Growing malt barley varieties that are fit for malting can be challenging, as it is the only grain grown that needs to remain alive (other than seed meant for next years crop). We are lucky to be located in the Canadian prairies surrounded by beautiful soils and ideal climate to grow all types of crops, including malt barley. Even with a perfect growing season, all it takes is an early frost or snow and whole crops can be taken out of the malt quality category and downgraded to feed barley. We appreciate the hard work that goes into growing the crops year after year, and the difficulties farmers face every day to give us these wonderful grains.
Once the Barley has been harvested, it is then cleaned and sorted. Since organic crops often see volunteer plants come up with them, we have to separate the barley (or grain of interest) from the seeds we do not want to malt. The next step is malting and can be broken down into three stages typically…. steep, germination and kiln/roast. It is the germination process that “unlocks” the starches in the seed and develops enzymes that will later be used in the brewing and food processes.
The seed is soaked in water over a couple of days, with mixed air rests spread out over this time. We want all of the grain to sprout very evenly, hence the importance of high quality malting Barley. When the seeds begin to sprout, it is moved to the Germination room.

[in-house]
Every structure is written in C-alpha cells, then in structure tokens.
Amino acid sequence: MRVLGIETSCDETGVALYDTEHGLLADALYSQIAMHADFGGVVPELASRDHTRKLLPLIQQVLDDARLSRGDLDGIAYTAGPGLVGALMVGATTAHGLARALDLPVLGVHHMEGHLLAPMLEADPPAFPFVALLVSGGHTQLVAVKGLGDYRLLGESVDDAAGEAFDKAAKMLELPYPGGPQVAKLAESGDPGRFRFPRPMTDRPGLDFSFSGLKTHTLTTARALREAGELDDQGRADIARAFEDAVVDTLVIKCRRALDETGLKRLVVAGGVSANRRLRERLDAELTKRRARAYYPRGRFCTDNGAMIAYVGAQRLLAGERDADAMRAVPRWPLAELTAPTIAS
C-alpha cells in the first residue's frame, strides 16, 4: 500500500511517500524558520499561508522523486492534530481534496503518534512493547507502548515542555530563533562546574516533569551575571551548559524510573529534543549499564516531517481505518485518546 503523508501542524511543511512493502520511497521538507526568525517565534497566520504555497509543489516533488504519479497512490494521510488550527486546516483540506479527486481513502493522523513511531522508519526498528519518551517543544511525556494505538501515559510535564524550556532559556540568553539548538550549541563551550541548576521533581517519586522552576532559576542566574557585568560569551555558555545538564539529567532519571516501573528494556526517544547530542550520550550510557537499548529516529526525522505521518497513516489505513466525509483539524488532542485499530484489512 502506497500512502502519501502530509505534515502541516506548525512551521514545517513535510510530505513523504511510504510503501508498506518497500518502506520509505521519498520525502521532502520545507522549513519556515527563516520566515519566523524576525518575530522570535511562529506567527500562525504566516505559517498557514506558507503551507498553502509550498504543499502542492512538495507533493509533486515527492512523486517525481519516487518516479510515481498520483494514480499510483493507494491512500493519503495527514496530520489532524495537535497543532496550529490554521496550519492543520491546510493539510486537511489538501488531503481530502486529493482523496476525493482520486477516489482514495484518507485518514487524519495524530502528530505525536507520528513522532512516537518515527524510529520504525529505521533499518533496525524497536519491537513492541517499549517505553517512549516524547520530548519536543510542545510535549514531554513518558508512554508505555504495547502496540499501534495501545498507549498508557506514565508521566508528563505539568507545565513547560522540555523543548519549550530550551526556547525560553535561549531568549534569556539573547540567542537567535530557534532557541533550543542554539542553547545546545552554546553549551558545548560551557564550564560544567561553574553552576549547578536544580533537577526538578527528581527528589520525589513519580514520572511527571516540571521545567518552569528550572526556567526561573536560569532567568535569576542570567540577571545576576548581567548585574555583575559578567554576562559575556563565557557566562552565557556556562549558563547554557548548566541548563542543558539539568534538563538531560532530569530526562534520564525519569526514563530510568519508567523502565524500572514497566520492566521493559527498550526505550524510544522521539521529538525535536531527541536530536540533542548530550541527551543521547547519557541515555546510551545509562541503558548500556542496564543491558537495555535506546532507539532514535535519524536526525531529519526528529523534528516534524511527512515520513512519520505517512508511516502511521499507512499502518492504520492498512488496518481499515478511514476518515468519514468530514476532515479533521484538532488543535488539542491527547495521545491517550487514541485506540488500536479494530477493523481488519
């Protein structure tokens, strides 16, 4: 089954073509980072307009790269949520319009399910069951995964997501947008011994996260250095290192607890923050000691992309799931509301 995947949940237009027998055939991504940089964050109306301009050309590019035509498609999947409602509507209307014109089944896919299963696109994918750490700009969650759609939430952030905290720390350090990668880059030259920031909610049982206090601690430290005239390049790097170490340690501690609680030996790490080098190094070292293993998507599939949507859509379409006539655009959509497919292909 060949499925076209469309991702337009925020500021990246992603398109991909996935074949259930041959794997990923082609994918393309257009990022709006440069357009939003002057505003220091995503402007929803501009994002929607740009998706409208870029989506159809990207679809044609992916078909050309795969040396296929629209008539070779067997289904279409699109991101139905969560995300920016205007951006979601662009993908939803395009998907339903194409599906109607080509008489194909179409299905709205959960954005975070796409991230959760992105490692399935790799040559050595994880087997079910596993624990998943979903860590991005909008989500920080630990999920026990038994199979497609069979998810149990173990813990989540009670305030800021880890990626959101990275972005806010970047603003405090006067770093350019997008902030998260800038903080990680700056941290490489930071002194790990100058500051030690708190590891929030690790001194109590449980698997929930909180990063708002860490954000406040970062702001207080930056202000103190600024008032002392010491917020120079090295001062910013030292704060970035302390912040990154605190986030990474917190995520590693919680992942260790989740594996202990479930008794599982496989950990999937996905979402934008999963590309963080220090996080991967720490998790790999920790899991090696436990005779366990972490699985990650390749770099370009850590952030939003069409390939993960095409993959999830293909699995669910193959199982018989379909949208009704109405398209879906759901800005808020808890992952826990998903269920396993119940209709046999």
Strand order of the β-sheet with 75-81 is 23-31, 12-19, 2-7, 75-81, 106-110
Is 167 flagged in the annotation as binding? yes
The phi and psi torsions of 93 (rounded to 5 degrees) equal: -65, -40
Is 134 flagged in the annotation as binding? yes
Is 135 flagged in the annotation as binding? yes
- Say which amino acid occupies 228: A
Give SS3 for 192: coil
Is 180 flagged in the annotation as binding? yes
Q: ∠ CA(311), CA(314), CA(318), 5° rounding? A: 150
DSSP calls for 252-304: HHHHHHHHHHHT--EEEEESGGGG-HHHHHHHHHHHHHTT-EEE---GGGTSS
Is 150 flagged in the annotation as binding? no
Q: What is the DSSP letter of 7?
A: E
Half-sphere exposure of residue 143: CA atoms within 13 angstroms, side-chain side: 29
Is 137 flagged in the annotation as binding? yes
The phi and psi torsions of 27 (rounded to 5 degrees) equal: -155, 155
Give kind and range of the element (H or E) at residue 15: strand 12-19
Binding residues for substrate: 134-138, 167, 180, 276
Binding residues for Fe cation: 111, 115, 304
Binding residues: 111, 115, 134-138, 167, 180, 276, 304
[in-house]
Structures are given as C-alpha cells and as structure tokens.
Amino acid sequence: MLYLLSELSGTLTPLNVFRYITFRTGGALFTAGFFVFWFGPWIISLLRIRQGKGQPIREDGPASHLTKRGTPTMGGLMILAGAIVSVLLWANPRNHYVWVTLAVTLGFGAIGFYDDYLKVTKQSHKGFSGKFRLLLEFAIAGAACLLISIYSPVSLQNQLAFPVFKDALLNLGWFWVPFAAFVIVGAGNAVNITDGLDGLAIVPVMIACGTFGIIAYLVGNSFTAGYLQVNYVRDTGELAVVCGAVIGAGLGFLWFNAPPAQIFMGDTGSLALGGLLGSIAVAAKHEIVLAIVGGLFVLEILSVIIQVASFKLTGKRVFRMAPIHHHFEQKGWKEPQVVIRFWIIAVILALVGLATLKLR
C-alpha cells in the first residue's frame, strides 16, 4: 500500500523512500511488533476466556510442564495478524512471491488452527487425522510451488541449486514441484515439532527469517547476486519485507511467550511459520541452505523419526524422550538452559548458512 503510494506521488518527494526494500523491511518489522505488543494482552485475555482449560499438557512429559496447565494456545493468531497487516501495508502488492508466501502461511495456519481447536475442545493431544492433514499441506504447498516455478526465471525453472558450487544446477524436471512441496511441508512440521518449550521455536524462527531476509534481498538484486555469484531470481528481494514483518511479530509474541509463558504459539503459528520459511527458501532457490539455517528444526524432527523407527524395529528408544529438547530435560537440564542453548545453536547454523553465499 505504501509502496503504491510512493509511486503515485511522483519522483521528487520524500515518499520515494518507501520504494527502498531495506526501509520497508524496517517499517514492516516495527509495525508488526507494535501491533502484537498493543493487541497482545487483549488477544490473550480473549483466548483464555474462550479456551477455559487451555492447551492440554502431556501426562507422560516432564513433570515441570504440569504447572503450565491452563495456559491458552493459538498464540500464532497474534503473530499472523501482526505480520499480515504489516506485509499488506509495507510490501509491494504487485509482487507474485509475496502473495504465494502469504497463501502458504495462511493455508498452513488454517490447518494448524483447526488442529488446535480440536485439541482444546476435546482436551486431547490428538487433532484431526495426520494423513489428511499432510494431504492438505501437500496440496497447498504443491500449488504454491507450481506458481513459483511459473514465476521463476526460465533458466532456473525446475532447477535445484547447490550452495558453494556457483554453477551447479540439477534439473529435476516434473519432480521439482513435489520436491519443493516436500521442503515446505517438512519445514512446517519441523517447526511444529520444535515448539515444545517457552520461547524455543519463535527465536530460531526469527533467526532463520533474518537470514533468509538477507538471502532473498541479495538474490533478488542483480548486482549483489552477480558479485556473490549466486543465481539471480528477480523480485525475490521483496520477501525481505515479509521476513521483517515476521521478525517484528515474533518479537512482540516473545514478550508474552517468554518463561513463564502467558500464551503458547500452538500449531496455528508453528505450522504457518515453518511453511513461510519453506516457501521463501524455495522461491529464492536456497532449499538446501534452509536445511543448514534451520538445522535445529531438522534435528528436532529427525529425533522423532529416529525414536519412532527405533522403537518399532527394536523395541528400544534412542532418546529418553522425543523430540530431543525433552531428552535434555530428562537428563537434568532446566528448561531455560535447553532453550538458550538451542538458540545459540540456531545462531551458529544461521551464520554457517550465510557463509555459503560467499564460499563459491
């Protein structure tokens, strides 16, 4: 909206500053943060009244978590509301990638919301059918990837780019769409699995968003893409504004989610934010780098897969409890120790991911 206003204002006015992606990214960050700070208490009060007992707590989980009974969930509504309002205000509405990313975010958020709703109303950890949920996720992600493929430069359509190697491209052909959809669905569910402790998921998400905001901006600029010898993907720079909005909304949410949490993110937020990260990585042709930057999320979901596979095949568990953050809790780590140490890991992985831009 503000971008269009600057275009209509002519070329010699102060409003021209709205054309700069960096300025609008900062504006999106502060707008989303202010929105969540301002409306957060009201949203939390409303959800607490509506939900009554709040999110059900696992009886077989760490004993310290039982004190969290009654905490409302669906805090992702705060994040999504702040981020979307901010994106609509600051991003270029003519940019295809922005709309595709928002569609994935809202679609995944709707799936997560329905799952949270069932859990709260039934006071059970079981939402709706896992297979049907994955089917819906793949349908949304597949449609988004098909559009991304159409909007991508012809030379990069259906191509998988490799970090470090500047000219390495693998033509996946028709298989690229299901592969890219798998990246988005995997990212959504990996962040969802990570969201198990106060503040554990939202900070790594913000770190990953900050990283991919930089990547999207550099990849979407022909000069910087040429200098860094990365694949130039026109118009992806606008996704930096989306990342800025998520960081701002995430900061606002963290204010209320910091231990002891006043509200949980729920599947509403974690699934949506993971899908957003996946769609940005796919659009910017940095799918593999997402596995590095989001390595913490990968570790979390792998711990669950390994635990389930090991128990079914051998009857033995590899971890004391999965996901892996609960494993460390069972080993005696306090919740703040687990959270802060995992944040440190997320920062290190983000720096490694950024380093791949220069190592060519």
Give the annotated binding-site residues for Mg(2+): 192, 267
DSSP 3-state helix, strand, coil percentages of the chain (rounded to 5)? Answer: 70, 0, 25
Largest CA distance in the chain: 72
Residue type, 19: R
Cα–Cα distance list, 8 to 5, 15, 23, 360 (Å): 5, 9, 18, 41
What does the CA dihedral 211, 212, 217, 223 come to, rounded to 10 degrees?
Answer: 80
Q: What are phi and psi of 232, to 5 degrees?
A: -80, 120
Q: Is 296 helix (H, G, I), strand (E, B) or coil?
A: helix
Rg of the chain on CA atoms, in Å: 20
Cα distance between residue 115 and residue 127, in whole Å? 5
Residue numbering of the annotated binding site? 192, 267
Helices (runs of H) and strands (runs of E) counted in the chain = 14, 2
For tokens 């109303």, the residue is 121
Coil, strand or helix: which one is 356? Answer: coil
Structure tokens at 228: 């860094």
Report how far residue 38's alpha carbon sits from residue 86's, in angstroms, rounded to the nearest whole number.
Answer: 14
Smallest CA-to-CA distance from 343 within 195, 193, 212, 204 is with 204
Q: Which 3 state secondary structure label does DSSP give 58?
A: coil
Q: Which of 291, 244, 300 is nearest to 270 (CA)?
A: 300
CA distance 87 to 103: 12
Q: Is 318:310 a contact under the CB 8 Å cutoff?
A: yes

Here, the seed is kept for a few more days on the floor and only piled a few inches deep. It is turned regularly so that the malt rootlets don’t grow together and keep the malt at a consistent temperature and moisture content. Once the shoot is nearly emerging from the seed (full modification), the grain is sent to kiln.
The grain is dried slowly at low temps to remove moisture at first. As the moisture content drops, the temp can be raised significantly where a lot of the flavor is developed (Toasty, Nutty flavors). The malt can also be put into our roasting drum and roasted much like coffee. This is where we develop rich, bold flavors which can give the malt Toffee, Dark fruit, chocolate or coffee notes. At this point the malt is very dry and can be stored and shipped to it’s destination breweries.
Uses for Malt Barley
We are mainly interested in craft beer production, but malt barley is an ingredient in many different products including flour, sweets and non-alcoholic beverages.
Brewers use the enzymes created from germination to convert all of the starches in the grain into sugar. This sugary liquid, called wort, is a perfect food for yeast. It is the magical process of fermentation by the yeast that transform this “Barley Juice” into a delicious elixir.
We can’t wait to share pints, made with Hogarth Malt, with friends and family. Over the last few years we have truly seen a shift towards locally produced products that brings us all closer as a community. For us this all begins with a seed.